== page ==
So what’s Traws Link Cymru about then?
We’re campaigning to reinstate rail links in west and north west Wales with the aim of connecting the whole of the country to strengthen the economy and breathe new life into parts of Wales that have been left isolated and neglected since the Beeching cuts of the 1960s.
Where are these new lines?
In 1964 and 1965, the Beeching Axe saw the closure of the railways between Aberystwyth and Carmarthen in mid and west Wales and the line from Bangor to Afon Wen near Porthmadog in north Wales, along with many more lines across Wales and the UK. At the moment we are focusing on the reopening of the Aberystwyth-Carmarthen line with new stations at Pencader/Llandysul, Llanybydder, Lampeter, Tregaron, and Llanilar.
It’s over 50 years since the Aberystwyth to Carmarthen line closed to passengers. Flooding at Llanilar in 1964 severed the line and was deemed too expensive to repair. However, a freight service continued from Carmarthen to Pont Llanio and Newcastle Emlyn until 1973. But since then, the populations of these areas has increased, with three university campuses on the old line. West Wales is also one of the poorest regions in western Europe with appalling public transport and high incidence of road traffic accidents and fatalities. We believe that Wales as a whole needs a complete rail network to ensure that investment can flow westwards from the cities of the south east and that people can enjoy the fundamental right of high quality public transport that people elsewhere in the UK currently enjoy.
What is the current state of the Aberystwyth – Carmarthen line?
The tracks were lifted between 1975 and 1977, but it has been confirmed that over 97% of the trackbed is still intact. However, obstructions to reopening have not been deemed insurmountable by Network Rail or by the independent scoping study commissioned by Welsh Government.
When did your campaign start and how much support do you have?
Our campaign began in Lampeter in October 2013. To date, we have the support of over 30AMs, 3 MPs and 47 town and community councils as well as the support of Carmarthenshire and Ceredigion county councils and Friends of the Earth. The campaign has had cross-party support from Welsh Labour, Plaid Cymru, Welsh Conservatives, Welsh Liberal Democrats and the Green Party of England and Wales. We have also collected over 12,000 signatures on our petitions and have held highly successful public meetings in locations along the old line such as Lampeter, Tregaron, Llanybydder, Llanilar, Llandysul, Aberystwyth and Carmarthen. The campaign has also received widespread media attention on BBC Wales, S4C, Radio Cymru, Radio Wales and national and local newspapers and community newsletters.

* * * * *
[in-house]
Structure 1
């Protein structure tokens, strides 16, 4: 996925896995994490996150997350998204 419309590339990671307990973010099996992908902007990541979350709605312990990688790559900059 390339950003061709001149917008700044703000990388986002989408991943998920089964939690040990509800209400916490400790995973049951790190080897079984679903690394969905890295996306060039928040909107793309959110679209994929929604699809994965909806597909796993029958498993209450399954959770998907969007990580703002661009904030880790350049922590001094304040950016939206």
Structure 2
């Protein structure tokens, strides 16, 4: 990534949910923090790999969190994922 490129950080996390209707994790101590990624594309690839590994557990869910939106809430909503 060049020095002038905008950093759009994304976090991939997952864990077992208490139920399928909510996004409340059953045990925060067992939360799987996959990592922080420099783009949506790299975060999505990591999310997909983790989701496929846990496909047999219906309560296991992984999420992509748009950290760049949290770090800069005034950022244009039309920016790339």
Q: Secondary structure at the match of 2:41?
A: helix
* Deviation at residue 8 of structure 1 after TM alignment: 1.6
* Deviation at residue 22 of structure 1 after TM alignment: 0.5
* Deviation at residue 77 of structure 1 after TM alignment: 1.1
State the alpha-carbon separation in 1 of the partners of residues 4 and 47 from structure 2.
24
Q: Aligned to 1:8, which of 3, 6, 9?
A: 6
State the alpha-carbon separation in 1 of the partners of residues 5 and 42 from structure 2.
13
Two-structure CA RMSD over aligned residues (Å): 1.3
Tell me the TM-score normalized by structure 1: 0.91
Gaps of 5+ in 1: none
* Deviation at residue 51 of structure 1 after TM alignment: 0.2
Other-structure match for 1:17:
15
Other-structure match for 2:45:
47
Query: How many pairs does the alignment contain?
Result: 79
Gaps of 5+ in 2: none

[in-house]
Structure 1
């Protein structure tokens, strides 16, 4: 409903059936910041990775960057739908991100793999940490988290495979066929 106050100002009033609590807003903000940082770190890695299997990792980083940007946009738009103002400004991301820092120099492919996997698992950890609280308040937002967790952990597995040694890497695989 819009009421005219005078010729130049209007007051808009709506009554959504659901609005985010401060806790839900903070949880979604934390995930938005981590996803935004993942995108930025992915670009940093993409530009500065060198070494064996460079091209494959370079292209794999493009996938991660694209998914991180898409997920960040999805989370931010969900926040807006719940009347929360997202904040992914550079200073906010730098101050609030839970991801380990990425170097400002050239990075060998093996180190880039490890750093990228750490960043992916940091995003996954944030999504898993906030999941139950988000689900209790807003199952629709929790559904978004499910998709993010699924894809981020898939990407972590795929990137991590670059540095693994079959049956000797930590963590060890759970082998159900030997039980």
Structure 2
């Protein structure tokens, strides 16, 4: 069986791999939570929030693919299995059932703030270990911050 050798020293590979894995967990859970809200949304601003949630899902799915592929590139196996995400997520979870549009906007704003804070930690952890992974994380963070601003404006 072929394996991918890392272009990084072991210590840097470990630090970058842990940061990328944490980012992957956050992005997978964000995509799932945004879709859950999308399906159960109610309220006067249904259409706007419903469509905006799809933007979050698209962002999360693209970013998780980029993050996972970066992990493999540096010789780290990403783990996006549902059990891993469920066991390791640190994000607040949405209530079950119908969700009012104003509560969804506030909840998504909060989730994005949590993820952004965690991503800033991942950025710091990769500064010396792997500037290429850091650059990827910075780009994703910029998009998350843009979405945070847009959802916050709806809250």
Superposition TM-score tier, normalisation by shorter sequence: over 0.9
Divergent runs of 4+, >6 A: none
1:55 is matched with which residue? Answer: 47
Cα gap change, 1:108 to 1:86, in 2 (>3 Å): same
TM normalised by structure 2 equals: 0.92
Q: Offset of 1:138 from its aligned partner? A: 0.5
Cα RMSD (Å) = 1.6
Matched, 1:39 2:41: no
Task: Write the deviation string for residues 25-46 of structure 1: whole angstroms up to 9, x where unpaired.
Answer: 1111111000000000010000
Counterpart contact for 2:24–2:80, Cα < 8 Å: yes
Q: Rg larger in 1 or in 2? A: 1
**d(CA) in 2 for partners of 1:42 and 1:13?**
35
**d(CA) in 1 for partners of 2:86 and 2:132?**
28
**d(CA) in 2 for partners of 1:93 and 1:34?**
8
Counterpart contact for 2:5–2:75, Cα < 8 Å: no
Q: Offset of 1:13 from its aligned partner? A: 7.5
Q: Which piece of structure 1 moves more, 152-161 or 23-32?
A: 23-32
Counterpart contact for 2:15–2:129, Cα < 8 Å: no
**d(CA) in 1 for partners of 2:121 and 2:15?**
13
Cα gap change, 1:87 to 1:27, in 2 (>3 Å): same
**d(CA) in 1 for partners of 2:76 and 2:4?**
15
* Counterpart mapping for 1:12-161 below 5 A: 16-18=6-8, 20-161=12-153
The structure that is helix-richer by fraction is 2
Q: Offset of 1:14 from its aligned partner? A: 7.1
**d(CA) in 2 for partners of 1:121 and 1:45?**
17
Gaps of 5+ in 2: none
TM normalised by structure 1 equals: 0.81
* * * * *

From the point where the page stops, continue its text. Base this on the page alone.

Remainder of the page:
Sounds impressive, but how realistic are your proposals and how much will it cost?
Very realistic! In Scotland, where rail infrastructure is devolved, September 2015 saw the reopening of the Borders railway from Edinburgh to Tweedbank after a 46 year wait. It is a similarly rural area and the popularity of the line has exceeded all expectations. Another major reopening took place in the west of the Republic of Ireland and many more reopenings are planned in England and Northern Ireland. The scoping study has suggested a price tag of between £505m and £750m. This may sound a lot but when compared to the £800m spent on widening the A465, £750m on the Edinburgh Trams, £50-80bn spent on HS2 and £1bn on the widening of the M4, these sums are not unrealistic when considering the enormous economic, social, environmental and linguistic benefits reopening the line will bring.
You keep mentioning this scoping study. Where can I read it?
The scoping study can be found here: Aber-Carmarthen Scoping study
This sounds like a great idea. How can I support?
First of all, you can sign our petition by clicking on the petition link on the main menu bar at the top of the page. There is an online and an electronic version. Second, you can donate, as TLC is set up as a charity. Just click on the donate button on the webpage to give what you can. We are entirely run by volunteers and count on donations to hold our public meetings and for our promotional literature. You can also volunteer with us or become a core member. Just click on the contact button above.